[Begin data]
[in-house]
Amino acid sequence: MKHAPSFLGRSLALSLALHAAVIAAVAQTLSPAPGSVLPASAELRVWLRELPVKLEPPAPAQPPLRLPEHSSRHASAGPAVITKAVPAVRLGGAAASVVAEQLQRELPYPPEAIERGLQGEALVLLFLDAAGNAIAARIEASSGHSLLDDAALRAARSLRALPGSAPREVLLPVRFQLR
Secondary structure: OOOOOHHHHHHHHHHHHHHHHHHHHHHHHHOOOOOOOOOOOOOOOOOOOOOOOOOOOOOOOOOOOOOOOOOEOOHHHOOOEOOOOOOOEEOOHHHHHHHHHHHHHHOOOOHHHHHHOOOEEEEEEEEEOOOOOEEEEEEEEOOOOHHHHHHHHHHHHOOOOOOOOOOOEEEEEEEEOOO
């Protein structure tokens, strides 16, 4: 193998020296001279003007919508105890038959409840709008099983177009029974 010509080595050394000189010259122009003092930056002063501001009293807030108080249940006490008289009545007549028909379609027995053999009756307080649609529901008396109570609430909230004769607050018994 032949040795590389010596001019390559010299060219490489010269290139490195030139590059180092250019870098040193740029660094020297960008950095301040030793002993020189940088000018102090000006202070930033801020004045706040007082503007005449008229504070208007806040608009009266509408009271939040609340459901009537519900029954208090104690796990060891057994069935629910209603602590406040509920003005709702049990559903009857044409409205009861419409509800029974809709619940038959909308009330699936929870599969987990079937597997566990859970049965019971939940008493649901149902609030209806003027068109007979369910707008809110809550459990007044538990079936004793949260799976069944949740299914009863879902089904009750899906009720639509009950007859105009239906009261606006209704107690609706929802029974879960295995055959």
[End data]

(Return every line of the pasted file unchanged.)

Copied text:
[in-house]
Amino acid sequence: MKHAPSFLGRSLALSLALHAAVIAAVAQTLSPAPGSVLPASAELRVWLRELPVKLEPPAPAQPPLRLPEHSSRHASAGPAVITKAVPAVRLGGAAASVVAEQLQRELPYPPEAIERGLQGEALVLLFLDAAGNAIAARIEASSGHSLLDDAALRAARSLRALPGSAPREVLLPVRFQLR
Secondary structure: OOOOOHHHHHHHHHHHHHHHHHHHHHHHHHOOOOOOOOOOOOOOOOOOOOOOOOOOOOOOOOOOOOOOOOOEOOHHHOOOEOOOOOOOEEOOHHHHHHHHHHHHHHOOOOHHHHHHOOOEEEEEEEEEOOOOOEEEEEEEEOOOOHHHHHHHHHHHHOOOOOOOOOOOEEEEEEEEOOO
């Protein structure tokens, strides 16, 4: 193998020296001279003007919508105890038959409840709008099983177009029974 010509080595050394000189010259122009003092930056002063501001009293807030108080249940006490008289009545007549028909379609027995053999009756307080649609529901008396109570609430909230004769607050018994 032949040795590389010596001019390559010299060219490489010269290139490195030139590059180092250019870098040193740029660094020297960008950095301040030793002993020189940088000018102090000006202070930033801020004045706040007082503007005449008229504070208007806040608009009266509408009271939040609340459901009537519900029954208090104690796990060891057994069935629910209603602590406040509920003005709702049990559903009857044409409205009861419409509800029974809709619940038959909308009330699936929870599969987990079937597997566990859970049965019971939940008493649901149902609030209806003027068109007979369910707008809110809550459990007044538990079936004793949260799976069944949740299914009863879902089904009750899906009720639509009950007859105009239906009261606006209704107690609706929802029974879960295995055959």